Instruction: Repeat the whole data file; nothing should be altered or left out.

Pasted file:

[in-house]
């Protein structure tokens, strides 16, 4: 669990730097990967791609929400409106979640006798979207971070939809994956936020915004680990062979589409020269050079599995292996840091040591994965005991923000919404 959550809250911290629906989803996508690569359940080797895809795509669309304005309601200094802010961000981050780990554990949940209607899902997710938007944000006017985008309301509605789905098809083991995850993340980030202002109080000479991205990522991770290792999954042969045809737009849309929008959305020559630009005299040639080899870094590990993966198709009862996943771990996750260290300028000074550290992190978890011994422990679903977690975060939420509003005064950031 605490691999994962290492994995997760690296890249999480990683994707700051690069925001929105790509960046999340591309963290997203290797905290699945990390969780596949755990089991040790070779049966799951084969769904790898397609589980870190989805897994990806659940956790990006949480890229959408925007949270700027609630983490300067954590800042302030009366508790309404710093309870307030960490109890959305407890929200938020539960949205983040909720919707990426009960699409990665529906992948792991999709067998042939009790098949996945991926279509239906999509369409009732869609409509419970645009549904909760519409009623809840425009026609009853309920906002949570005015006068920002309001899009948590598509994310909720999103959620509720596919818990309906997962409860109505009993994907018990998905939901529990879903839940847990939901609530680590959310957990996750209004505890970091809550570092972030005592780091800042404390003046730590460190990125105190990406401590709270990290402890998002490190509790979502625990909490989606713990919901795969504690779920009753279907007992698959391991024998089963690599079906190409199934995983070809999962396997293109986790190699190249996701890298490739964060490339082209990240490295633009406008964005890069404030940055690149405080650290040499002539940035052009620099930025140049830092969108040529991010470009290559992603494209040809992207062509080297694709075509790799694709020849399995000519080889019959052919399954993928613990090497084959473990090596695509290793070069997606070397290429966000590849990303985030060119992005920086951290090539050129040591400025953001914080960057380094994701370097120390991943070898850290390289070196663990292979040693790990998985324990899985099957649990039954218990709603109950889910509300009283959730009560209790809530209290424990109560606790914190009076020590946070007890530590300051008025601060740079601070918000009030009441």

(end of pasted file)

[in-house]
């Protein structure tokens, strides 16, 4: 669990730097990967791609929400409106979640006798979207971070939809994956936020915004680990062979589409020269050079599995292996840091040591994965005991923000919404 959550809250911290629906989803996508690569359940080797895809795509669309304005309601200094802010961000981050780990554990949940209607899902997710938007944000006017985008309301509605789905098809083991995850993340980030202002109080000479991205990522991770290792999954042969045809737009849309929008959305020559630009005299040639080899870094590990993966198709009862996943771990996750260290300028000074550290992190978890011994422990679903977690975060939420509003005064950031 605490691999994962290492994995997760690296890249999480990683994707700051690069925001929105790509960046999340591309963290997203290797905290699945990390969780596949755990089991040790070779049966799951084969769904790898397609589980870190989805897994990806659940956790990006949480890229959408925007949270700027609630983490300067954590800042302030009366508790309404710093309870307030960490109890959305407890929200938020539960949205983040909720919707990426009960699409990665529906992948792991999709067998042939009790098949996945991926279509239906999509369409009732869609409509419970645009549904909760519409009623809840425009026609009853309920906002949570005015006068920002309001899009948590598509994310909720999103959620509720596919818990309906997962409860109505009993994907018990998905939901529990879903839940847990939901609530680590959310957990996750209004505890970091809550570092972030005592780091800042404390003046730590460190990125105190990406401590709270990290402890998002490190509790979502625990909490989606713990919901795969504690779920009753279907007992698959391991024998089963690599079906190409199934995983070809999962396997293109986790190699190249996701890298490739964060490339082209990240490295633009406008964005890069404030940055690149405080650290040499002539940035052009620099930025140049830092969108040529991010470009290559992603494209040809992207062509080297694709075509790799694709020849399995000519080889019959052919399954993928613990090497084959473990090596695509290793070069997606070397290429966000590849990303985030060119992005920086951290090539050129040591400025953001914080960057380094994701370097120390991943070898850290390289070196663990292979040693790990998985324990899985099957649990039954218990709603109950889910509300009283959730009560209790809530209290424990109560606790914190009076020590946070007890530590300051008025601060740079601070918000009030009441």